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Holding Court with Joan Biskupic

Holding Court
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Friday, March 17, 2000; 11 a.m. EST

The confirmation on March 9 of two fiercely contested judicial nominees threw into relief one of the clearest examples of tension between the president and the Senate: judicial appointments. Judicial nominees are a major issue for presidential candidates, and will continue to be throughout the campaign, and Vice President Al Gore and Texas Gov. George W. Bush will have to either name potential nominees or describe characteristics of a desirable judge.

But regardless of the nominee, any president faces a possibly long fight and tough opposition in the Senate. Richard A. Paez, who was confirmed to the 9th U.S. Circuit Court of Appeals, waited longer for the nod than any other judicial nominee in American history. He was nominated in January 1996.

Who are on Gore's and Bush's short lists? Will either of them face the same hurdles as President Clinton in getting their nominations confirmed? And how have Clinton's appointments fared in office? This week, "Holding Court" looks at the politics of judicial nominations and how the process could change with a new president.

Joan Biskupic has covered the Supreme Court for The Washington Post since 1992. Co-author of the third edition of Congressional Quarterly's encyclopedia on the Supreme Court, she holds a law degree from Georgetown University. Biskupic covered government, politics and legal affairs for CQ's Weekly Report before joining The Post.

She answers your questions on the Supreme Court and legal affairs on Fridays at 11 a.m. EST. The transcript follows:


Joan Biskupic: Welcome. Now that we're down to two leading front-runners, Al Gore and George W. Bush, it's a good time to focus on differences between the two, in terms of Supreme Court appointments. Whoever wins the White House is likely to name one or two justices in a first term. And on a narrowly divided nine-member court, a single new justice could make all the difference on issues such as abortion, school prayer and the division of power between the federal government and states. .... It's also a good time to take stock of Clinton's appointments. Overall, they're a centrist, pragmatic lot, not as liberal as Jimmy Carter's appointees and obviously a lot farther from the vigorous conservatives named by Ronald Reagan, and in some cases, George Bush.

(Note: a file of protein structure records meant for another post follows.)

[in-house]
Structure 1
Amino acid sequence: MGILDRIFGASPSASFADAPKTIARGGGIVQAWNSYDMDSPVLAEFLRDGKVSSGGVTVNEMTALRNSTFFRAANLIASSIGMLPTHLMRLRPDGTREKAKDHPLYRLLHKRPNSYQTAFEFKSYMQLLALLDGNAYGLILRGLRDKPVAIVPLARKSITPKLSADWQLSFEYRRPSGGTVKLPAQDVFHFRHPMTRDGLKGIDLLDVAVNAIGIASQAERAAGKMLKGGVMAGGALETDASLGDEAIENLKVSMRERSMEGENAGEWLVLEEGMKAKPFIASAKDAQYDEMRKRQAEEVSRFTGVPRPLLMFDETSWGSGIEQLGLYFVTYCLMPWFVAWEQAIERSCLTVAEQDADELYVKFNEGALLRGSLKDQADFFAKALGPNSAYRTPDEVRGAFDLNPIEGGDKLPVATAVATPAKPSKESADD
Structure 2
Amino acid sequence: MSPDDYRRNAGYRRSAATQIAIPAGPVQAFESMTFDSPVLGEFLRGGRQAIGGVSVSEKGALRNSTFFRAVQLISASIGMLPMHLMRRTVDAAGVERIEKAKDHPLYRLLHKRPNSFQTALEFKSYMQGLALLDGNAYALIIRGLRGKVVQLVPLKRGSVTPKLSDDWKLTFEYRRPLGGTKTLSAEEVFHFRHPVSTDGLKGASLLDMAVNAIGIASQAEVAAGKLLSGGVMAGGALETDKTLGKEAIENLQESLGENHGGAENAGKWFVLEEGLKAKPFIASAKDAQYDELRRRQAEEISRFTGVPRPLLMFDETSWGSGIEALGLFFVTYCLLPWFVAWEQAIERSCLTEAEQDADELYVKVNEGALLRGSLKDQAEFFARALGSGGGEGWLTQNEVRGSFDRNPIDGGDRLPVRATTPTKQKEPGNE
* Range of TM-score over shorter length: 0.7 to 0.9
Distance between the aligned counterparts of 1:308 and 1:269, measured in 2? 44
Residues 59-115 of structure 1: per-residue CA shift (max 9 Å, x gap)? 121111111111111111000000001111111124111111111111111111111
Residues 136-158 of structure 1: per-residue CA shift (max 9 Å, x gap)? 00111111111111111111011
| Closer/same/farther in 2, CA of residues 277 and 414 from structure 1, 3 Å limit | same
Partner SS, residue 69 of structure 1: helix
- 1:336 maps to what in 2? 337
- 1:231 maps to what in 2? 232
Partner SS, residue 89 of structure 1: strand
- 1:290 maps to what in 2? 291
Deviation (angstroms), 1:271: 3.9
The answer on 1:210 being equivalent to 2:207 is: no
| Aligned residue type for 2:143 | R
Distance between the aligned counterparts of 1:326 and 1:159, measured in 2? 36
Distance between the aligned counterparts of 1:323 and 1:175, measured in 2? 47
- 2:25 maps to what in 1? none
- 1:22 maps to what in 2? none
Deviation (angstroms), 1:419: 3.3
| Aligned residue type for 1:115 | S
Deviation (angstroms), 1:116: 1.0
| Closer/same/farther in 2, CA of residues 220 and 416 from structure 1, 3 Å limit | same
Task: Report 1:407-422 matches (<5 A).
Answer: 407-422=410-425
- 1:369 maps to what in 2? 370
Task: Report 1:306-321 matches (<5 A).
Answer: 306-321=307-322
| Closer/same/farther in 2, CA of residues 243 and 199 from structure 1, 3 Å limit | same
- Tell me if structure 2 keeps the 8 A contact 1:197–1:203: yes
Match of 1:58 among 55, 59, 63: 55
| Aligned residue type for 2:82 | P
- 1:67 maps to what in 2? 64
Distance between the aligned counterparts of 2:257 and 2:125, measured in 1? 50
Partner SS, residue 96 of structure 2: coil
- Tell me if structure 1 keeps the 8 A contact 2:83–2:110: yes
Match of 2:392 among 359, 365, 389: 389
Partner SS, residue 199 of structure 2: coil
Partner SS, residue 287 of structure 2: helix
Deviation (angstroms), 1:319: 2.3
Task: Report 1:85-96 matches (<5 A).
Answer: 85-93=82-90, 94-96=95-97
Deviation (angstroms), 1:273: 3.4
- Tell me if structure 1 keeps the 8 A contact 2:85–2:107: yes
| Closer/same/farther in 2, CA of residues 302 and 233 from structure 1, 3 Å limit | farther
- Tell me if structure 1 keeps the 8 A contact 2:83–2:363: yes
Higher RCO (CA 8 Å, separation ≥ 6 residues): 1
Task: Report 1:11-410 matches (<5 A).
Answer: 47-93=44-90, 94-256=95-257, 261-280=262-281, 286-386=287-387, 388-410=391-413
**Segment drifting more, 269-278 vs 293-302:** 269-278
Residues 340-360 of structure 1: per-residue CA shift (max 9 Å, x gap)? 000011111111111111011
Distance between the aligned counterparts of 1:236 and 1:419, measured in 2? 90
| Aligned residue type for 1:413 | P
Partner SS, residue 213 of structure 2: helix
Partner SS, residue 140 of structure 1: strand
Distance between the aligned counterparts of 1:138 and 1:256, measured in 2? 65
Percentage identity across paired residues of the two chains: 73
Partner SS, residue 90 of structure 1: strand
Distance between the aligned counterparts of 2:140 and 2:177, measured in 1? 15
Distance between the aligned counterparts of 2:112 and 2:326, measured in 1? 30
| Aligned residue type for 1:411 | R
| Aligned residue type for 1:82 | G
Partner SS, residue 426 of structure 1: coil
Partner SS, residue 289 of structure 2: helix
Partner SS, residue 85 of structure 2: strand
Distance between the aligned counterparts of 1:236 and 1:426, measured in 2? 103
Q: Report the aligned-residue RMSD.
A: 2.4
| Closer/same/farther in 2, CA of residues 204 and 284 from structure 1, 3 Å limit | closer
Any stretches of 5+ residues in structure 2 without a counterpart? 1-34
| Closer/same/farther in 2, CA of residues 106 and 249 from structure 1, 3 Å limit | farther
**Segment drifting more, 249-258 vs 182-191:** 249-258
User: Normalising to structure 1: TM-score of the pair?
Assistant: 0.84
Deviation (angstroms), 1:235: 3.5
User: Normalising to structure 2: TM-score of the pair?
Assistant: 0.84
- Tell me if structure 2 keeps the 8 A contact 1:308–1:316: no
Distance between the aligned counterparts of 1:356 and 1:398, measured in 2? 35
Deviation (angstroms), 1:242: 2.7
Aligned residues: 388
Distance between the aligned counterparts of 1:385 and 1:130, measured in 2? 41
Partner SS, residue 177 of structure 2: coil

washingtonpost.com: From what you've seen and heard, who are your guesses for the judicial nominee short lists of Vice President Gore and Gov. Bush?

Joan Biskupic: That's always the big question. I'll mention names that have been circulating, but with this caveat: Everything will depend on White House politics (what constituencies need to be rewarded at the time) and what's going on in the country. I'm reminded of the illegal nanny and tax debate that sunk Zoe Baird for AG in Clinton's first term and then kept some possible judicial nominees out of the ring. Ruth Bader Ginsburg, who was nominated that year (1993) for the court, happens to be married to a tax lawyer who kept excellent records. Obviously, this women's rights advocate was not chosen for the family bookkeeping, but at least it didn't hang up the nomination.

Here are some of the current names, according to conventional wisdom: On the GOP side, 5th Cir. Judge Edith Jones; 4th Cir. Judge J. Michael Luttig; 7th Cir. Judge Frank Easterbrook; 9th Cir. Judge. Alex Kozinski; 5th Cir. Judge Emilio Garza – all are Reagan or Bush appointees and all have very conservative reputations.

On the Dem side, some leading guesses are David Tatel, on the D.C. Circuit; Jose Cabranes, from the 2nd Cir., and Martha Craig Daughtrey, on the 6th Cir. – all Clinton appointees. Daughtrey might be a local favorite if Gore wins. She's from Nashville and went to Vanderbilt.


New York, N.Y.: I found it amazing that one of Clinton's judicial nominations was held up for FOUR YEARS. I know opposition senators hold up nominations to make a point, but is there no recourse for pushing a nomination through?

Joan Biskupic: You're referring to Richard Paez, who had been bitterly opposed by GOP conservatives. Under Senate rules, a single senator can hold up a vote. And even after the four years, Sen. Jeff Sessions (R-Ala.) tried to further delay the vote last week... Paez, a former poverty lawyer who was a trial lawyer in L.A., was attacked as being too liberal. He'd been selected for a seat on the California-based 9th Circuit, a bench that itself is under constant criticism by conservatives. Paez ended up getting through (by a vote of 59-39), in part because the White HOuse moved on some other nominees favored by the GOP.


Milan, Italy: If the chief justice is absent, who will preside over the court?

Joan Biskupic: The next most senior justice, John Paul Stevens. If he's gone, then it goes down to Sandra Day O'Connor. (That happened at least once.) If she's gone, it would fall to Antonin Scalia. That has never happened.